The World Anti-Doping Agency has identified a "target pool" of almost 300 athletes with the "most suspicious" samples taken from the Russian Anti-Doping Agency's laboratory in Moscow.
Wada took data from 2,262 samples from the Rusada laboratory in January.
Of those, 578 samples - taken from 298 athletes - were made a priority for investigation.
Wada has now sent evidence about 43 of those athletes to their respective international federations.
And it says those federations have "commenced assessment with a view to identifying those cases to take forward as anti-doping rule violations".
Wada's visit was a condition of Russia's reinstatement in September 2018, ending a three-year suspension following a scandal over state-sponsored doping
How the Russian doping scandal unfolded
- December 2014: As many as 99% of Russian athletes are guilty of doping, a German TV documentary alleges.
- November 2015: A Wada commission publishes an independent report alleging widespread corruption, amounting to state-sponsored doping in Russian track-and-field athletics. Rusada is declared non-compliant.
- May 2016: Former Moscow anti-doping laboratory boss Grigory Rodchenkov, who has turned whistleblower, says dozens of Russian athletes at the 2014 Winter Olympics in Sochi had cheated.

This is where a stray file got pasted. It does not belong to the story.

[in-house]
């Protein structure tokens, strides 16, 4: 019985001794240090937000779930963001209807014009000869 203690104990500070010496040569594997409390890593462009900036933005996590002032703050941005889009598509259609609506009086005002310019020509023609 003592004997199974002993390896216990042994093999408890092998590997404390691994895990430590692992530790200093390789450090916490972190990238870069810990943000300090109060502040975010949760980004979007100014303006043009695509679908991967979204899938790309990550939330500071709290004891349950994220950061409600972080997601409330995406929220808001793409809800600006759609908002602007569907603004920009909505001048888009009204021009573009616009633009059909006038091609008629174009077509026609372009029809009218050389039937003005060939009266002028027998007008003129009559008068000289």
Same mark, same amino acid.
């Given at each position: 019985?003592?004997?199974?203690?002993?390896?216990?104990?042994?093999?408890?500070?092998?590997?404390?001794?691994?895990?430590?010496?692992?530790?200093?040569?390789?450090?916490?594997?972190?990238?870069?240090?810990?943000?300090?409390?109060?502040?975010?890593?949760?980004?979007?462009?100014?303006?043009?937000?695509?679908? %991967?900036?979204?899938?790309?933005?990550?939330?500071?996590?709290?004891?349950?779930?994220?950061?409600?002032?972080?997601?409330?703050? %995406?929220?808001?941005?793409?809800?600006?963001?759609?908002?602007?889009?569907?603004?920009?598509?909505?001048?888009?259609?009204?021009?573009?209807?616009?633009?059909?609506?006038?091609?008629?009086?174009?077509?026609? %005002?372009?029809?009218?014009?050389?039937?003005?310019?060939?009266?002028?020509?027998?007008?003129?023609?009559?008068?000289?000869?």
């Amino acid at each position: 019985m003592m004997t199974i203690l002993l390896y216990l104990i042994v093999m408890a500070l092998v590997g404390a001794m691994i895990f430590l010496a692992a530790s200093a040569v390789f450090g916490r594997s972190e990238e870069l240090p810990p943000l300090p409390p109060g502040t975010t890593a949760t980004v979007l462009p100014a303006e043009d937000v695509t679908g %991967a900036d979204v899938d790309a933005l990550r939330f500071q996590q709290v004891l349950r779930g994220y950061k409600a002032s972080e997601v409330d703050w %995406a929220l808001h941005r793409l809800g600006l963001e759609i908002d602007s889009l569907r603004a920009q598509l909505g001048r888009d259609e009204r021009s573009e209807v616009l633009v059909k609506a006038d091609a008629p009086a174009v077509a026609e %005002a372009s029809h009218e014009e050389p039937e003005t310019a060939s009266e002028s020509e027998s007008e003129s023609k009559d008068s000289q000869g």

- July 2016: Russia operated a state-sponsored doping programme for four years across the "vast majority" of summer and winter Olympic sports, says a report by Professor Richard McLaren.
- August 2016: The International Olympic Committee (IOC) decides against imposing a blanket ban on Russian athletes at the 2016 Olympics in Rio. Individual sporting federations rule instead, with 271 Russians competing.
- December 2016: Wada publishes the second part of the McLaren report, which says more than 1,000 Russian athletes benefited from doping.
- January 2017: Rusada and Russian sport authorities are given a list of criteria to meet before winning back recognition.
- March 2017: Wada says Russia's anti-doping reforms are not happening quickly enough.
- February 2018: Russia are banned from competing at the 2018 Winter Olympics in South Korea by the IOC, but 169 athletes who prove they are clean are allowed to compete under a neutral flag.
- May 2018: Wada writes to Rusada offering a 'compromise' solution.
- September 2018: News of the compromise, revealed by the BBC, prompts fury from athletes and doping bodies.
- December 2018: Wada team is unable to access Moscow laboratory and data.
- January 2019: Wada team gains access to Moscow laboratory and data.
- April 2019. Wada collects 2,262 samples from the laboratory, split into A and B samples and contained within 4,524 collection bottles.